EU in dispute with Tashkent over Kambarata hydropower station

The village of Kambarata where a hydropower station will be built
EU Special Representative for Central Asia Patricia Flor supported the idea of conducting an independent probe into the construction of the Kambarata hydropower station in Kyrgyzstan in Bishkek today.

Flor took part in the fourth conference EU-Central Asia on environmental protection and water resources that started in Bishkek today.

The EU is trying to mediate in water disputes between Central Asian countries.

However, the EU’s position on the construction of hydropower stations in Kyrgyzstan and Tajikistan is threatening to exacerbate this dispute.

Patricia Flor told journalists that she supported the downstream countries, namely Uzbekistan.

She said the construction of the Kambarata station in Kyrgyzstan for Russian money should undergo an international probe.

For the EU all projects undergo an independent probe and this should concern Kambarata, she said, adding that all downstream countries should be involved in it.

Kyrgyzstan’s explanation that the Kambarata station underwent a probe and assessment in Soviet times by the Tashkent-based Gidroproyekt institute is not convincing for the EU, Flor said.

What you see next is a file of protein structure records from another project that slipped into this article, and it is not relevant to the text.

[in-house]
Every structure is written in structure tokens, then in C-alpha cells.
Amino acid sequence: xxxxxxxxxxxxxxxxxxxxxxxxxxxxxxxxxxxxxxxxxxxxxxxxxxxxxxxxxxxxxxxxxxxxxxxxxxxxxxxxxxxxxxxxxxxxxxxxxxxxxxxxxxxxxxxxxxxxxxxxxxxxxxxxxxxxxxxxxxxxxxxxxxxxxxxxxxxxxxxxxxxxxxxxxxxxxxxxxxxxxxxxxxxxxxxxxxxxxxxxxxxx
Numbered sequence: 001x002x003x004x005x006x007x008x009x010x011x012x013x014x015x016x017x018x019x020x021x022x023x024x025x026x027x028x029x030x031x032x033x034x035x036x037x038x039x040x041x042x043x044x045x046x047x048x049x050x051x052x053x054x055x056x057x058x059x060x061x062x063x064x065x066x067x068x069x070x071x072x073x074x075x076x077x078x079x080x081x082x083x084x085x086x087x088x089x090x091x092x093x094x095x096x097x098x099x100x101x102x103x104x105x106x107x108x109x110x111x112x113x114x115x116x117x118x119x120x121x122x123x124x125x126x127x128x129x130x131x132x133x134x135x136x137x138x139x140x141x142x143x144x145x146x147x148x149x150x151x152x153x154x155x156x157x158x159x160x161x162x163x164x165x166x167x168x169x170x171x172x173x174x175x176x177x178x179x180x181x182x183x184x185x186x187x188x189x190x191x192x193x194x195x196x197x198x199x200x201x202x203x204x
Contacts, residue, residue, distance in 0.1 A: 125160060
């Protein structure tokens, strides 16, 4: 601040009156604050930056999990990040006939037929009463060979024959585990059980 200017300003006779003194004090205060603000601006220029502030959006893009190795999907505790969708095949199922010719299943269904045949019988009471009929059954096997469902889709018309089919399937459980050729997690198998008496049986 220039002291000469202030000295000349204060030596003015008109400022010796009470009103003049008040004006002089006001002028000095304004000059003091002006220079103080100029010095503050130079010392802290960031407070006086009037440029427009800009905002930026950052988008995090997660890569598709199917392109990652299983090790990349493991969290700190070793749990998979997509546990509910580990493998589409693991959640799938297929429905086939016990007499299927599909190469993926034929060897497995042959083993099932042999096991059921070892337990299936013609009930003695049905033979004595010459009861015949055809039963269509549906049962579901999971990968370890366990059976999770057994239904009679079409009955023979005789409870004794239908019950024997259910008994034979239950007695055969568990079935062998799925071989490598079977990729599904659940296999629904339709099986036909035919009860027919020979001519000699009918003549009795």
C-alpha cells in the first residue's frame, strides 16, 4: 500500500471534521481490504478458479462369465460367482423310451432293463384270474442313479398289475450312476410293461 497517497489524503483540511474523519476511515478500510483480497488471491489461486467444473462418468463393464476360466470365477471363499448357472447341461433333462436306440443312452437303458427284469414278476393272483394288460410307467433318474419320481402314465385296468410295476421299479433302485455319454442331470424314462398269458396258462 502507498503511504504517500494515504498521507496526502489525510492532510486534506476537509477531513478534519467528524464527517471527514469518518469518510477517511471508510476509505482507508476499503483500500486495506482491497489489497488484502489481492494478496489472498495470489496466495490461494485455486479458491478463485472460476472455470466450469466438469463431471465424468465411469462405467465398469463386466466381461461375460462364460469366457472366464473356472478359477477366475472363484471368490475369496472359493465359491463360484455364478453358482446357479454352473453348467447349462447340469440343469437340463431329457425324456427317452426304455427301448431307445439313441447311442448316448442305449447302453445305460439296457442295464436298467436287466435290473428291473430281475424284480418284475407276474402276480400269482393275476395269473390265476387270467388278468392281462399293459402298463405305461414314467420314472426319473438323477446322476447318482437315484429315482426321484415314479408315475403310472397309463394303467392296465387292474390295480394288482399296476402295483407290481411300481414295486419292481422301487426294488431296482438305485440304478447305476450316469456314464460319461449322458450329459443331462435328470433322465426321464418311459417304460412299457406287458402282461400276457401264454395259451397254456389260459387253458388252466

The head of the Uzbek delegation, Deputy Agriculture and Water Ministry Shavkat Hamrayev, expressed satisfaction with Flor’s position.

Asked about the possible outcome of an international probe, he said that it would be negative, i.e. in favour of Tashkent.

In September 2012 Russian President Vladimir Putin and Kyrgyz President Almazbek Atambayev signed an agreement on building Kambarata-1 and four hydropower stations of the Naryn cascade.

According to estimates, Kambarata-1 is expected to cost $1.7bn, while each station of the cascade would cost $350m.

The construction of the cascade is expected this spring, while the feasibility study of Kambarata-1 would be completed by the end of the year.

Uzbek President Islam Karimov has repeatedly voiced opposition against Kyrgyz and Tajik power station and said last year that this might lead to a war in the region.

After NATO said it would leave weapons withdrawn from Afghanistan in Uzbekistan, Karimov’s threats are taken seriously in the neighbouring capitals.